The December Kaiser Health Tracking Poll finds a 13 percentage point rebound in Democratic support for the Affordable Care Act (ACA), but no overall change in support or opposition since November. In spite of all the attention and controversy surrounding the law and its implementation, the poll finds that nearly half of the public say it won’t make much difference to them or their families.
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The Affordable Care Act (ACA) includes coverage options for people across the income spectrum, but there are big differences in eligibility for coverage depending on whether a state expands Medicaid or not. This interactive provides a state-by-state look at how many uninsured prior to the ACA coverage expansions are estimated to be eligible for Medicaid or tax credits, or in the coverage gap.
The implementation of the Affordable Care Act (ACA) has focused attention on the composition of the nongroup market: how it looked before the new regulatory provisions take effect and how it will change afterwards. There are several ways of answering this question, depending on the time period for measuring enrollment and the information source. There is substantial turnover among people with nongroup coverage, which means that the number of people covered at the beginning of a year (or at any other point in time) is quite different than the number of people who keep that coverage throughout the whole year.
This report examines the causes and contributors to medical debt, medical bankruptcy, and other difficulties with medical bills among people with insurance. Through in-depth interviews of nearly two-dozen people and quantitative analysis of national survey data, the authors of this report find that in-network and out-of-net-work cost sharing primarily contribute to medical debt among the insured.
The 2010 Affordable Care Act (ACA) has the potential to extend health care coverage to many of the 47 million nonelderly uninsured people nationwide. Use this interactive to learn how the ACA could expand coverage to the uninsured in your state.
The Centers for Medicare & Medicaid Services (CMS) recently established 12 new Medicaid and CHIP eligibility and enrollment performance indicators for states to report beginning in October 2013. These indicators provide insight into the performance of new eligibility and enrollment policies established under the Affordable Care Act (ACA). In December 2013, CMS released initial reports for a subset of the indicators. This brief provides an overview of the new performance indicators; the initial data; and the opportunities and challenges associated with reporting, analyzing, and interpreting the data.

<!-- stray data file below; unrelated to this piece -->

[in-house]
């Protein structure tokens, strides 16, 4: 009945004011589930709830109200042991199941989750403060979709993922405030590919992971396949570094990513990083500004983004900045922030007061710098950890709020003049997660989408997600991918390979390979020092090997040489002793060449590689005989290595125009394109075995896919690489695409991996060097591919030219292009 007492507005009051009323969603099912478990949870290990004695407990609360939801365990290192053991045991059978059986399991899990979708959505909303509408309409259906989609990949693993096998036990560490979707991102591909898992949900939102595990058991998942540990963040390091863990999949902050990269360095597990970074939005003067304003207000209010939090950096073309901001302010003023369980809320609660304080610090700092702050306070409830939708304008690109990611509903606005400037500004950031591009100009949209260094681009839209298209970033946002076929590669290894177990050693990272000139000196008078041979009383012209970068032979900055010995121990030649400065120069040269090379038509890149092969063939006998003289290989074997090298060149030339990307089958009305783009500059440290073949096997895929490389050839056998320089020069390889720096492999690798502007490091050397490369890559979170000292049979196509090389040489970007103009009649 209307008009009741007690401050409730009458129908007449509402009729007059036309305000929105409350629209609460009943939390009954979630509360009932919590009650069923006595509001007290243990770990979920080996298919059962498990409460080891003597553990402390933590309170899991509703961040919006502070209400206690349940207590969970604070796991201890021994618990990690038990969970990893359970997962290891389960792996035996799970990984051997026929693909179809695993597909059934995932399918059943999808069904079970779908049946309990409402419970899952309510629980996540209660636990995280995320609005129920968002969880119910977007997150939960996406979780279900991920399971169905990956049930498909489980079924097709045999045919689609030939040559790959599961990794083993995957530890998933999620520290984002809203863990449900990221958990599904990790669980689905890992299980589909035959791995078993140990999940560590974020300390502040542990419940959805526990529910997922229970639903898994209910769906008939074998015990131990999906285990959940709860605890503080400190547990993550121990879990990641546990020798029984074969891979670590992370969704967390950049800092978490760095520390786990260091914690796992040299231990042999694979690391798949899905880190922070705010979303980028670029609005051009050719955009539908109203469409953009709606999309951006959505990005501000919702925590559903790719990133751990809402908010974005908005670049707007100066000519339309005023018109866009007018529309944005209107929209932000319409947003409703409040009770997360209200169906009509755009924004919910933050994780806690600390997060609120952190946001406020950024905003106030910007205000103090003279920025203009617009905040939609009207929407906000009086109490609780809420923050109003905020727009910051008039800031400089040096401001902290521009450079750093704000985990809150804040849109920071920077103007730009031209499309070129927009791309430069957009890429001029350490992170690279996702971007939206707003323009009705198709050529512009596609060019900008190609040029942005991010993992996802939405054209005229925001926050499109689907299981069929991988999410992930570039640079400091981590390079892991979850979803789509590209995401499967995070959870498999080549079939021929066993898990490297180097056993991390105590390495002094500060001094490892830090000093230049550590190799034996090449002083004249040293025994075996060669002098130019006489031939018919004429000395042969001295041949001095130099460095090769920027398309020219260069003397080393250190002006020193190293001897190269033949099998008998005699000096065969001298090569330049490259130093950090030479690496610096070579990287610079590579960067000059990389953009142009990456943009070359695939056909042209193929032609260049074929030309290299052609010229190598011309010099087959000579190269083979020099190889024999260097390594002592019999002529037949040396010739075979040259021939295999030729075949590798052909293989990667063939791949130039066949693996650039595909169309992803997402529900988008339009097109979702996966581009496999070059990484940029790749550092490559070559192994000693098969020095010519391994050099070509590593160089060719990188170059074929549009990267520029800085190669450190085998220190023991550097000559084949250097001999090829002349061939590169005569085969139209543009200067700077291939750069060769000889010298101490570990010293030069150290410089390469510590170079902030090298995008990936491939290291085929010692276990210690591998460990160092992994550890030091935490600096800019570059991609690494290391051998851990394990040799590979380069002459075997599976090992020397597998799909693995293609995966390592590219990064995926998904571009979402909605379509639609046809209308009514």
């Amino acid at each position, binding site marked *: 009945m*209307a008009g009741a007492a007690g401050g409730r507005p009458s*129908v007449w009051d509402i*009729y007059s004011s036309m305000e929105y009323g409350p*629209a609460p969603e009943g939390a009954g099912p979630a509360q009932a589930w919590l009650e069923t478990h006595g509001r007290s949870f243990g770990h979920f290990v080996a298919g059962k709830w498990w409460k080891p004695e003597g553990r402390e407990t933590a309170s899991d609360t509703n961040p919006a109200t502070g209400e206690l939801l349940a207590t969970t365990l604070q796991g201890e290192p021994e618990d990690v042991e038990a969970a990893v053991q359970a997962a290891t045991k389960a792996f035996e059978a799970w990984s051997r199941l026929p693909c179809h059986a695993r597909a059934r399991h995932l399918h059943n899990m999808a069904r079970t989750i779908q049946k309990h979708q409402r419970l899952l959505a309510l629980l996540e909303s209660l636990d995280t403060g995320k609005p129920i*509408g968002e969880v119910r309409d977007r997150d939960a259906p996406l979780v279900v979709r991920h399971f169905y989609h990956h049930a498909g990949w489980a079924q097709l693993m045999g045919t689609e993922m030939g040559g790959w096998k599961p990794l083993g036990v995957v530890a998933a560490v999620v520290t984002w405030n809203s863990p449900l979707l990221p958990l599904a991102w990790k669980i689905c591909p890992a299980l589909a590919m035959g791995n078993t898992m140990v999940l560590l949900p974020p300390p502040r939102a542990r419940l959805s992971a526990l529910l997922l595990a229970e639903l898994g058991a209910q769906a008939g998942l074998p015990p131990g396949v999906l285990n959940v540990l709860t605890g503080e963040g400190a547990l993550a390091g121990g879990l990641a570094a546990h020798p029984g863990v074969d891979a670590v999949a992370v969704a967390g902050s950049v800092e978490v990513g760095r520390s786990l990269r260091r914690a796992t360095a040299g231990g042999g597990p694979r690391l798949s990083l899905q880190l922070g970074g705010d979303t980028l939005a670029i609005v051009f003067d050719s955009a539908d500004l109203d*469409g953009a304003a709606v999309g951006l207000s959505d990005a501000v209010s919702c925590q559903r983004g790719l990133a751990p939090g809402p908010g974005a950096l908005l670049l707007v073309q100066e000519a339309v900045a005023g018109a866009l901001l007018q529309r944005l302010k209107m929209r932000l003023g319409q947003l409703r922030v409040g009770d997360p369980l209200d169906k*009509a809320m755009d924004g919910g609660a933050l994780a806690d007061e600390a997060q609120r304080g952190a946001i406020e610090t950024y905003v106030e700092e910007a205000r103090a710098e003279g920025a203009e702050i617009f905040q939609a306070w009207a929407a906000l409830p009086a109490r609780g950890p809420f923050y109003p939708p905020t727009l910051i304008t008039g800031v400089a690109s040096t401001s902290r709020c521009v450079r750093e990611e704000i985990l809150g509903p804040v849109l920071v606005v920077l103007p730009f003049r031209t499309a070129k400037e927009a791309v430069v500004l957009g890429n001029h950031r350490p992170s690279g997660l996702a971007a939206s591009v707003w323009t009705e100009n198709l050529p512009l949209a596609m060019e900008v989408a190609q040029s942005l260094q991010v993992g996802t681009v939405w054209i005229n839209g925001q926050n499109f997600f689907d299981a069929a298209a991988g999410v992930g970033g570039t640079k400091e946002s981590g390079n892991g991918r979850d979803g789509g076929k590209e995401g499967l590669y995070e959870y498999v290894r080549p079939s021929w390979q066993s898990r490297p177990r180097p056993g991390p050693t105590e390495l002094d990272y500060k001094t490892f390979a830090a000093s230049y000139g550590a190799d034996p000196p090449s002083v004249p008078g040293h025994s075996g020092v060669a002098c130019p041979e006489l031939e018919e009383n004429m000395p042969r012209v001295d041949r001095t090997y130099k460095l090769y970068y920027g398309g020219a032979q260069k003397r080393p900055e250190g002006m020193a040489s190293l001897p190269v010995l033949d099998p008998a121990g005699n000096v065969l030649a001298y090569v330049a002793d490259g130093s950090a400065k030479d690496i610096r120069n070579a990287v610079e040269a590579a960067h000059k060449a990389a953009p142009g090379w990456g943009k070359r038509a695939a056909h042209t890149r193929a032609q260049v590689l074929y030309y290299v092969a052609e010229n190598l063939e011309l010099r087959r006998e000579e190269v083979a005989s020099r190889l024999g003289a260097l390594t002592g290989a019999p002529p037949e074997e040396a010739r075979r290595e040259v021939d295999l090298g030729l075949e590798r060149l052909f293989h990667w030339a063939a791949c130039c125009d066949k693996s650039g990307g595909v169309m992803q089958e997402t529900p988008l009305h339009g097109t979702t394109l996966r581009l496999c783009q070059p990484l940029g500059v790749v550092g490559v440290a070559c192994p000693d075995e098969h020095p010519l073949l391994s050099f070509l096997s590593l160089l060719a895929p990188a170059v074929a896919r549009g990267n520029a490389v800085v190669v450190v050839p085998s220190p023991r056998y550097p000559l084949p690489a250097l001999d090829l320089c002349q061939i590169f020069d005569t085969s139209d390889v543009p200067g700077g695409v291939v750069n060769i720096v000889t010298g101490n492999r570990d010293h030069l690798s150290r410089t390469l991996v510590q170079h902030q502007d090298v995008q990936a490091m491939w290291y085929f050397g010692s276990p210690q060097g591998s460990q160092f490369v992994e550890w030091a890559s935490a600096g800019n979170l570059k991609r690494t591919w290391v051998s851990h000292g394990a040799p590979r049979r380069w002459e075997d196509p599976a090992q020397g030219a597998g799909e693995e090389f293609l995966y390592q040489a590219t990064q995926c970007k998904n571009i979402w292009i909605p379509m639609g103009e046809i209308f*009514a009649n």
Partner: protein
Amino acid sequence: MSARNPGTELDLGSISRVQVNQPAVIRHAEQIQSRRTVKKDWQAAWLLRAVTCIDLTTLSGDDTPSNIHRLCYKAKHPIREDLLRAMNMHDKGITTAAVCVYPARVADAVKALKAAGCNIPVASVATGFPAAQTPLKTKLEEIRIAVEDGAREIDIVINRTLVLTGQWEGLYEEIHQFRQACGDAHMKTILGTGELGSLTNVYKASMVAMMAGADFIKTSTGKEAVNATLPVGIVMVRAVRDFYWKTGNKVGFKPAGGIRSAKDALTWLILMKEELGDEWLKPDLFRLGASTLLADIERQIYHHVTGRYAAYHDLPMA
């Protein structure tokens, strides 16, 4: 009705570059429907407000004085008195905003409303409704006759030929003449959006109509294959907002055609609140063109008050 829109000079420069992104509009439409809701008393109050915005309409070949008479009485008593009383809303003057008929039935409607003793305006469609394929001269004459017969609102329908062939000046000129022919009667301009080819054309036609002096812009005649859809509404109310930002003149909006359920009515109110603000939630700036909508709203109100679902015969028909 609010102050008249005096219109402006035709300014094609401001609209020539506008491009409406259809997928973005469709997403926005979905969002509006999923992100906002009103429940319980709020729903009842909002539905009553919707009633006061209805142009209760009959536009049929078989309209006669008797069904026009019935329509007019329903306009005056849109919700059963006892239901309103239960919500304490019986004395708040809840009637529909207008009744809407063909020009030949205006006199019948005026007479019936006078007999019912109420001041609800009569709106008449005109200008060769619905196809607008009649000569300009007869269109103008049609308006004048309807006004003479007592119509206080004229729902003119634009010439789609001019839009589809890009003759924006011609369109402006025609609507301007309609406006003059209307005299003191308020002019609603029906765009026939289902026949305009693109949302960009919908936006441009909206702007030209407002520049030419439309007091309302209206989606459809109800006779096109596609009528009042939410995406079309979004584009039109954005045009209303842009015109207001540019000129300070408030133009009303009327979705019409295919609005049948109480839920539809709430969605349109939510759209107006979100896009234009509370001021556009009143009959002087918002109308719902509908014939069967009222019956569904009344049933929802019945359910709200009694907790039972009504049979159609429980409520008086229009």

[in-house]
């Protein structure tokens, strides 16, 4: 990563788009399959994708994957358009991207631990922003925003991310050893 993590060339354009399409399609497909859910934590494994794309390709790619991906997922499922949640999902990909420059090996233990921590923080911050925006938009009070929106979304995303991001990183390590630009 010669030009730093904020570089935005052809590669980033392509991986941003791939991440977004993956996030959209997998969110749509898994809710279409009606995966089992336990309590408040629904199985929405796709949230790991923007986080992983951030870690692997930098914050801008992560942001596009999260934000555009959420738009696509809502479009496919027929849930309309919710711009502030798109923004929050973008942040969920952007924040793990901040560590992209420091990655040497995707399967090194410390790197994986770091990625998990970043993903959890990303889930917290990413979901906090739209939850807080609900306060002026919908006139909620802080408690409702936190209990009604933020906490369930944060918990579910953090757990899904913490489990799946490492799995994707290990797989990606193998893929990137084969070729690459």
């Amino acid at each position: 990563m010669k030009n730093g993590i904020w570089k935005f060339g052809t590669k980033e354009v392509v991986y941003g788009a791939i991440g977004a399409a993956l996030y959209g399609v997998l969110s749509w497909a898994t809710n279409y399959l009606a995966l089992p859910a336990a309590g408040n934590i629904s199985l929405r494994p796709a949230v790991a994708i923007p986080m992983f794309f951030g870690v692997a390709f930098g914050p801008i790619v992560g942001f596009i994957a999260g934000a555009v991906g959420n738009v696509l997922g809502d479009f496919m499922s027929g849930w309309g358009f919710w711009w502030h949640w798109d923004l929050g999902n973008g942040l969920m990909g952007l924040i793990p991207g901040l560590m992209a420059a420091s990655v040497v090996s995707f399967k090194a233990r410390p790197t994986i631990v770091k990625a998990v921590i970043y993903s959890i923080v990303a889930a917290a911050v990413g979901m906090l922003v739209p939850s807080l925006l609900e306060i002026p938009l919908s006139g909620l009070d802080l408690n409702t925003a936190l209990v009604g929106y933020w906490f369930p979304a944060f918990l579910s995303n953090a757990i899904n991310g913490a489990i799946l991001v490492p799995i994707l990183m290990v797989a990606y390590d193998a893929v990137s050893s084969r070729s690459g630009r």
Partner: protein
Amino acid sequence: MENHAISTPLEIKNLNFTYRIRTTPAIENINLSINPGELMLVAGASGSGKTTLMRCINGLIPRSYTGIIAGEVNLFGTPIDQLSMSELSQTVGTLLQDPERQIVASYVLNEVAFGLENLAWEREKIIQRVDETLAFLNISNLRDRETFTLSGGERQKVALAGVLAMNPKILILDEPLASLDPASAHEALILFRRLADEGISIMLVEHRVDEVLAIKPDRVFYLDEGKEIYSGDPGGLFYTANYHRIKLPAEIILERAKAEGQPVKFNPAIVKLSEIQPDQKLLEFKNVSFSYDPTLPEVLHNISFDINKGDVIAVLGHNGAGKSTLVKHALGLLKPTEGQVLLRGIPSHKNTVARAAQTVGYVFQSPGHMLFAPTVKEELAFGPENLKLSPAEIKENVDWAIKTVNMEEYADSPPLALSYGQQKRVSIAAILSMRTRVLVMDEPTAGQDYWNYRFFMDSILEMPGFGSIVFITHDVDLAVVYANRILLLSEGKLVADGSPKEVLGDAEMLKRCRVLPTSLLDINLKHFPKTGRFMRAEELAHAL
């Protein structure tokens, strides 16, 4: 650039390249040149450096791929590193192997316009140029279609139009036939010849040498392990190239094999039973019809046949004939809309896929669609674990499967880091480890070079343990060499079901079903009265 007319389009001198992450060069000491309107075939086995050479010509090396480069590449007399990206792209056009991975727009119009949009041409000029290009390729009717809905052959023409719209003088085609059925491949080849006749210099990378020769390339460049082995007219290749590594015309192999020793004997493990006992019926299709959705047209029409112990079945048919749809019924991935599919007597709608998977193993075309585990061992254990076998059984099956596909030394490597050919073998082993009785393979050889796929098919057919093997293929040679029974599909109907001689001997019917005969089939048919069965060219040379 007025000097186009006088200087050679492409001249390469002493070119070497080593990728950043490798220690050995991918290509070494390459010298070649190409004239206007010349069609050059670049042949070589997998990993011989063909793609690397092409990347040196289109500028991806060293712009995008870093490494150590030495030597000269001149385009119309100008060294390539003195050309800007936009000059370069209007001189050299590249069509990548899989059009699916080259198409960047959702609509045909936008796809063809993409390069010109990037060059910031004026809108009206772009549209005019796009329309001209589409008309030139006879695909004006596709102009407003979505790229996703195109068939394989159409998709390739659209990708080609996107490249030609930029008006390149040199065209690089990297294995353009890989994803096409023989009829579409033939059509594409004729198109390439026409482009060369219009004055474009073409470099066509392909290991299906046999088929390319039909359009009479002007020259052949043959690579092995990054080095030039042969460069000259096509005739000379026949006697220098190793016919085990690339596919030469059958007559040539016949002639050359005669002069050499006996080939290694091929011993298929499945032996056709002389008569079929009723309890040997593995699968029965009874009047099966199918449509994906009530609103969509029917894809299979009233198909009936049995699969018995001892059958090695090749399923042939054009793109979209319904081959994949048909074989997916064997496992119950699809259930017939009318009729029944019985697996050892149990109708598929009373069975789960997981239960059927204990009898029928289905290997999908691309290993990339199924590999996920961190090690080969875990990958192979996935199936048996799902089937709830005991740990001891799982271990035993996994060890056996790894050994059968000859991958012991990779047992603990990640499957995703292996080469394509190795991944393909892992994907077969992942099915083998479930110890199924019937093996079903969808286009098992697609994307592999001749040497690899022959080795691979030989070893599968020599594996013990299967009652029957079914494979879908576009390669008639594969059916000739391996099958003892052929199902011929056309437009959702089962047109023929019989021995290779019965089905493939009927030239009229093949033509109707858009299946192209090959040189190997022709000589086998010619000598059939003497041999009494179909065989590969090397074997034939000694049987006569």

Larry Levitt’s January 2014 column looking “halftime” for ACA’s initial launch is now available on The JAMA Forum.
The Affordable Care Act (ACA) requires that Medicaid cover children with incomes up to 133 percent of the federal poverty level (FPL) ($31,322 for a family of four in 2013) as of January 2014. Today, there are “stairstep” eligibility rules for children. States must cover children under the age of six in families with income of at least 133 percent of the FPL in Medicaid while older children and teens with incomes above 100 percent of the FPL may be covered in separate state Children’s Health Insurance Programs (CHIP) or Medicaid at state option. While many states already cover children in Medicaid with income up to 133 percent FPL, due to the change in law, 21 states needed to transition some children from CHIP to Medicaid. This brief examines how the transition of children from CHIP to Medicaid will affect children and families as well as states. The brief also looks to New York and Colorado for lessons learned from the early transition of coverage.
As part of the “Covering Health Reform” series, this webinar provided an overview of how the Affordable Care Act’s impact will vary for people in different circumstances, including those currently with employer coverage, those who buy their own insurance and those who are currently uninsured. The Foundation’s State Health Policy Director Jennifer Tolbert and Senior Fellow Karen Pollitz explained the law’s individual mandate, as well as its new coverage options, including new state insurance marketplaces, subsidies for people with low- and moderate incomes, and new rules prohibiting insurers from discriminating based on pre-existing conditions. They answered journalists’ questions about the law as part of the webinar.
Analysis: Tax Credits to Average $2,700 Per Family Next Year for People Who Now Buy Their Own Insurance
This analysis estimates that Americans currently buying insurance on the individual market would receive $2700 in subsidies (as tax credits) in 2014 under Obamacare. Tax credits are available for qualifying people buying insurance through the new health care marketplaces, or exchanges.